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PacificEdge | December 18, 2017

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The Co-operative Commonwealth — a mid-course review

The Co-operative Commonwealth — a mid-course review
Russ Grayson

THE CO-OPERATIVE COMMONWEALTH is a conceptual model that offers a democratic alternative to the continuation of our present ailing socio-economic system and to big-green-system that would replace it. Unlike these systems, the co-operative commonwealth is human-scale development.

The course, Towards the Next System — the Co-operative Commonwealth, is a MOOC — a Massive Open Online Course — and it comes recommended for those engaged with the emerging technological, politico-economic and social trends that are the new society gestating in the degrading body of the old. It might be worth doing next time it is offered.

In the first week we looked at how people are today reclaiming the commons, those shared resources we use. One means of doing this to make housing affordable is through the CLT — the Community Land Trust (eg. Sydney’s Waratah Community Land Trust). The CLT model is applicable for urban housing and for rural farming.

The commons includes more than natural resources. Although much of the internet runs on private servers and telecommunications networks, it has become a public utility and is regarded by many as a commons. Now, numerous organisations and commentators are working to keep it that way. Similarly, there is a move among scientists to put publicly-funded research into the public domain as a knowledge commons rather than lock it away in costly private scientific journals.

The energy internet

This week we looked at energy democracy. Just as in our present-day society, energy is a critical resource that powers much of our lives.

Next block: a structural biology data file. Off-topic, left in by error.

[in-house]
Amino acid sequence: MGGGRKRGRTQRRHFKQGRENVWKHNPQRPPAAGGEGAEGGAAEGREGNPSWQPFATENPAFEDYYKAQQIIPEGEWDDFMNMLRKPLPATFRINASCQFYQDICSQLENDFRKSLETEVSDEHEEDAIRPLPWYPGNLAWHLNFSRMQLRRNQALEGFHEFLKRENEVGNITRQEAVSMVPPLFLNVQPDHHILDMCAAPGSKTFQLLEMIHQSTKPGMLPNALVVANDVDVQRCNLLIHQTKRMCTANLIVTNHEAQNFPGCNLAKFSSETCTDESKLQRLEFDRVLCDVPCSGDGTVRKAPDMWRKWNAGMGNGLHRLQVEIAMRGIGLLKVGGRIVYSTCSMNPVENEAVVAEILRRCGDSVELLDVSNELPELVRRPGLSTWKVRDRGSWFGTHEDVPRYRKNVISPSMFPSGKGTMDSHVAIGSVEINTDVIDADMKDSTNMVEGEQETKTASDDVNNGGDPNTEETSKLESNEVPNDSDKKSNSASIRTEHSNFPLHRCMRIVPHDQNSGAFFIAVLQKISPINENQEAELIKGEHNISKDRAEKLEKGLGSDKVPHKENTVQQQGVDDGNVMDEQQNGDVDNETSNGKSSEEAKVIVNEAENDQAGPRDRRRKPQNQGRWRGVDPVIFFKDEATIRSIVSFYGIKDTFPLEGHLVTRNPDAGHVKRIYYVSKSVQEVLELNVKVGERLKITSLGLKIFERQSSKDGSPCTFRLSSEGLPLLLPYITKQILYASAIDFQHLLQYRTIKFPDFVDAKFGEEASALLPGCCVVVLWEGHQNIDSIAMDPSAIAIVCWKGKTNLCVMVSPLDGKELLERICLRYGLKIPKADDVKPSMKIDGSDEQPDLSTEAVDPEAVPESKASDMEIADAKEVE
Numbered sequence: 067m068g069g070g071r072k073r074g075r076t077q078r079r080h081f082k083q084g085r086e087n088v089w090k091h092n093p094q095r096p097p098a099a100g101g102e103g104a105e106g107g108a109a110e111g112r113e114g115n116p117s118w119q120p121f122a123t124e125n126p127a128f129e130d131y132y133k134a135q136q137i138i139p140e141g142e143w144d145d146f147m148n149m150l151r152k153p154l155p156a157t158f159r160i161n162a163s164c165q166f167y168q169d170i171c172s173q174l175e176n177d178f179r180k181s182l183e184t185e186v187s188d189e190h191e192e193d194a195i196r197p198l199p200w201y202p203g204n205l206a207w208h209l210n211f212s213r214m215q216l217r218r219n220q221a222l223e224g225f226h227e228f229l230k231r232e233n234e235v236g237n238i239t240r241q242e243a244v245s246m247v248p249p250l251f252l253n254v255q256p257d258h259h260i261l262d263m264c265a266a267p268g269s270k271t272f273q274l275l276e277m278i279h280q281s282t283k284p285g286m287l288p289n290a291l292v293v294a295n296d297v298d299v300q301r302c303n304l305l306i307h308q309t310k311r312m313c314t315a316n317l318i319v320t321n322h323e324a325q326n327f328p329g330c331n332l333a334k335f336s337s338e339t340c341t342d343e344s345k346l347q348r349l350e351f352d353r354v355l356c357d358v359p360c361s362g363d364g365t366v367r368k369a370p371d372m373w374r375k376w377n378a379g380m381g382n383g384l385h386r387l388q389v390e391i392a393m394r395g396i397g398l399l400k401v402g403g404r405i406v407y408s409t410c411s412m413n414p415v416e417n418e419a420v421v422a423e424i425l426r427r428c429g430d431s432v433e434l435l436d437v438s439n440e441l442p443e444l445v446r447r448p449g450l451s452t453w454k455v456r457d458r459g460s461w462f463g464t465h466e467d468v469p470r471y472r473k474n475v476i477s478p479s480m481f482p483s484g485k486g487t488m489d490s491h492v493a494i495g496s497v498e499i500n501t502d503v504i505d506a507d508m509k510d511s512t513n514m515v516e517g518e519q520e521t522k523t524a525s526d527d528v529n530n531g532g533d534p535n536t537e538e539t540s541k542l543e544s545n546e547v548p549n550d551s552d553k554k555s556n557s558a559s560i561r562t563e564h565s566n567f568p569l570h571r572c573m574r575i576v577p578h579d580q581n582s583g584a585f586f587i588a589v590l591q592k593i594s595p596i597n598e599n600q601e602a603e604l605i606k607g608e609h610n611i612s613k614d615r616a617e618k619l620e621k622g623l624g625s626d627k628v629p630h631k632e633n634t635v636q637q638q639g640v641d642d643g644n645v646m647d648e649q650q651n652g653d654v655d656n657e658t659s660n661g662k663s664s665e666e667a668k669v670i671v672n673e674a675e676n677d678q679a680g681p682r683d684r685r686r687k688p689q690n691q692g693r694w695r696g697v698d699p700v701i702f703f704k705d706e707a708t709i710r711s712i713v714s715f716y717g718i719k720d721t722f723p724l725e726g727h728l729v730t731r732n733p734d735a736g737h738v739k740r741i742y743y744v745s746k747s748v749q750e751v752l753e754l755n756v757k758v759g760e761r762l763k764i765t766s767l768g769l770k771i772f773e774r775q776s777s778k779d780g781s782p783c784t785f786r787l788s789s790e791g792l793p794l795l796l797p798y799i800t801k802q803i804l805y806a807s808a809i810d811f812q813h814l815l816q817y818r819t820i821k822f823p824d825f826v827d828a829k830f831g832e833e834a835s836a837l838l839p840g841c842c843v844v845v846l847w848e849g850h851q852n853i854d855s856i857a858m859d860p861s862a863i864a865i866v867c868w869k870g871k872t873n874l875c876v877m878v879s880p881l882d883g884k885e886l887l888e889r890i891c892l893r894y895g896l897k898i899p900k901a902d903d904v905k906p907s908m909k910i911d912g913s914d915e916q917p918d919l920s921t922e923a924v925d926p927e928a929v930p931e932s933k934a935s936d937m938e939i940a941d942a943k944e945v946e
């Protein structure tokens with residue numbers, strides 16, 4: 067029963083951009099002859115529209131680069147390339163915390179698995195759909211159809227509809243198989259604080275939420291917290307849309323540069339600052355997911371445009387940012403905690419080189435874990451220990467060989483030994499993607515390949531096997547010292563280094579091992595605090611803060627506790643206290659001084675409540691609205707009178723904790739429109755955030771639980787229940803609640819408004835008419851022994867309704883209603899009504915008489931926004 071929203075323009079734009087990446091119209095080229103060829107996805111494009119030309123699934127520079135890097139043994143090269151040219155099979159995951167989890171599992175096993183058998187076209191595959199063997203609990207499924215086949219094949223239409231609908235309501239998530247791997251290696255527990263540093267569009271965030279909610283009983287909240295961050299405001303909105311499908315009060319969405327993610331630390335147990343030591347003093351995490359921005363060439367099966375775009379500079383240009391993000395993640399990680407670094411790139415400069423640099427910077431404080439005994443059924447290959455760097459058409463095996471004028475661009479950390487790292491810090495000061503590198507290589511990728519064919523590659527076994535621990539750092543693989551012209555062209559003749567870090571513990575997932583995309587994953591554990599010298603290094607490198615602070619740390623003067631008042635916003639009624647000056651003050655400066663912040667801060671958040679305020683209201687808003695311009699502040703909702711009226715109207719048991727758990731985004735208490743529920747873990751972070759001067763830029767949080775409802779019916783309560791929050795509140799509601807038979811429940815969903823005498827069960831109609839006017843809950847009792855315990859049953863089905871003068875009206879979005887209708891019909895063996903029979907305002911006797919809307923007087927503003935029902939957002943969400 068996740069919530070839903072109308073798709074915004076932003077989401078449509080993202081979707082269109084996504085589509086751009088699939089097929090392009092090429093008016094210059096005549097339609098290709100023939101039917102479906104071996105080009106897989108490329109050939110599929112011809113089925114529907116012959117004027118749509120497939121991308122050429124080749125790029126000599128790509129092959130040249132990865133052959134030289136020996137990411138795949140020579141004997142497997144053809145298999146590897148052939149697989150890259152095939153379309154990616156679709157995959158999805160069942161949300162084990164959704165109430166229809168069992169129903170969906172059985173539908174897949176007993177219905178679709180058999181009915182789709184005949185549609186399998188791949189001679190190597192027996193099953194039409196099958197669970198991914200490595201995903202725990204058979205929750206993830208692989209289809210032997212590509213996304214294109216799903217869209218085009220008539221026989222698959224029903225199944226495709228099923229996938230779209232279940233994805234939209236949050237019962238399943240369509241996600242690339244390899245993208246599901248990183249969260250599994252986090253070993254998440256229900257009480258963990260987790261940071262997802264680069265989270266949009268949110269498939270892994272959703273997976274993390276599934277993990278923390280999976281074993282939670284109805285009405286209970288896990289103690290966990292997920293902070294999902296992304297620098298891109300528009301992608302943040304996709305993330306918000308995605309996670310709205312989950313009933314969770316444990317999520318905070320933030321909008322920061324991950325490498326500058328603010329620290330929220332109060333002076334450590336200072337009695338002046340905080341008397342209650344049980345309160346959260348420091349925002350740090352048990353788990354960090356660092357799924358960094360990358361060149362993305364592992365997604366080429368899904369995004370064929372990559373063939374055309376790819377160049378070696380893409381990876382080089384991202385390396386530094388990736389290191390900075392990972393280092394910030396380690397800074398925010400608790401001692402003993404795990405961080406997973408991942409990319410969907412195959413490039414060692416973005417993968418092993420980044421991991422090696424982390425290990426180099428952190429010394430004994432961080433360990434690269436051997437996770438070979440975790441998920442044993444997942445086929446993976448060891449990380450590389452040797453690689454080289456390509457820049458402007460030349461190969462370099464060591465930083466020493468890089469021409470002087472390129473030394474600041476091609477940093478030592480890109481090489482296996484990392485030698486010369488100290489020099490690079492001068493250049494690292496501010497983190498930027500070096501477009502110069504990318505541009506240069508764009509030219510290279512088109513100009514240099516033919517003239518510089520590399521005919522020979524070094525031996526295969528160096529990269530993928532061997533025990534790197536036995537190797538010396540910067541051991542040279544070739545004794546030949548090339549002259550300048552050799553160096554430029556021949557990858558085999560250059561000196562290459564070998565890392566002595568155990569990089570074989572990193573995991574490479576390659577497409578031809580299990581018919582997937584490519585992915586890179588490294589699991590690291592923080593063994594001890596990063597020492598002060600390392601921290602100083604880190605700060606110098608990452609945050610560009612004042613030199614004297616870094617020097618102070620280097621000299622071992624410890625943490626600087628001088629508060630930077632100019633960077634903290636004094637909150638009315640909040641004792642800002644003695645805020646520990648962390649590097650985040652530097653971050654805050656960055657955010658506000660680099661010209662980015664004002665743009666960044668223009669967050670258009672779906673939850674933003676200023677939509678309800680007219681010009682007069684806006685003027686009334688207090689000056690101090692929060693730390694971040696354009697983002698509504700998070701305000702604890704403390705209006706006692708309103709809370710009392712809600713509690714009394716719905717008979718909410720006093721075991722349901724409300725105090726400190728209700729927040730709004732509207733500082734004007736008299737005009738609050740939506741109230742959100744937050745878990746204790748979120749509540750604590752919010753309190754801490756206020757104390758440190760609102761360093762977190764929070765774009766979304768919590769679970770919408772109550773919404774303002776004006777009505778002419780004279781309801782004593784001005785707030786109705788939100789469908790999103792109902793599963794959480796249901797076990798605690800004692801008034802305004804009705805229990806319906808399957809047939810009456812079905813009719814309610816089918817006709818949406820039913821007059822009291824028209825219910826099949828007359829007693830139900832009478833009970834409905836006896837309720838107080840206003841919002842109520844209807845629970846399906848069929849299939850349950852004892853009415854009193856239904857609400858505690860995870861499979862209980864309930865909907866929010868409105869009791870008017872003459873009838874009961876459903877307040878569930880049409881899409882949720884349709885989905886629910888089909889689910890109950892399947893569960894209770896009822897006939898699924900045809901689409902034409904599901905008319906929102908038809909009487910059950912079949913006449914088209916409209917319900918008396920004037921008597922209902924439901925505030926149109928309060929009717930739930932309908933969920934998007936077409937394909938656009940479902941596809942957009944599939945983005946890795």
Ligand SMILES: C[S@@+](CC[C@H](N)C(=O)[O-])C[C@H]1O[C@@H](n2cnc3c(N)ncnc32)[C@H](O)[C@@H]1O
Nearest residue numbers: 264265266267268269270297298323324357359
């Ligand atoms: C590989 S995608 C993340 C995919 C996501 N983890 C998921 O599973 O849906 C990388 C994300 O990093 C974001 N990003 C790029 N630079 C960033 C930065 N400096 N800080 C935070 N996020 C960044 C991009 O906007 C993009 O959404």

Ideas discussed include distributed energy production or, as some call it, the energy internet because it is structured similarly to the node and connectors of online networks. The idea is that renewable energy systems on domestic, commercial and institutional buildings feed electrical energy to the grid and are paid properly for their role as energy prosumers (producer-consumers). The distributed energy network, just like the distributed online network, is resilient and can reroute around failing nodes.

  • renewable energy sources are distributed: solar, wind. water, tidal
    this enables distributed energy production
  • production can be via distributed and local ownership of renewable energy systems
  • transport systems can be electrified to move away from fossil fuels
  • the transition to energy systems is primarily socio-political and less technological, as we already have many of the technologies we need, which can be improved
  • energy co-operatives, such as those in Scandanavia and Hepburn Wind in Australia, enable citizen investment in the systems that power their homes and that sell surplus energy to the power grid.

Social systems

This week’s topic is social co-ops and social care, the people side of the co-operative commonwealth model.

I recommened the MOOC especially for people working with the permaculture design system as it shows how the small, local initiatives they take are part of a larger-scale social trend.

It puts the economic, technical and political elements often missing from permaculture, but which are an essential part of it, into the mix.

The MOOC is available through Canvas.

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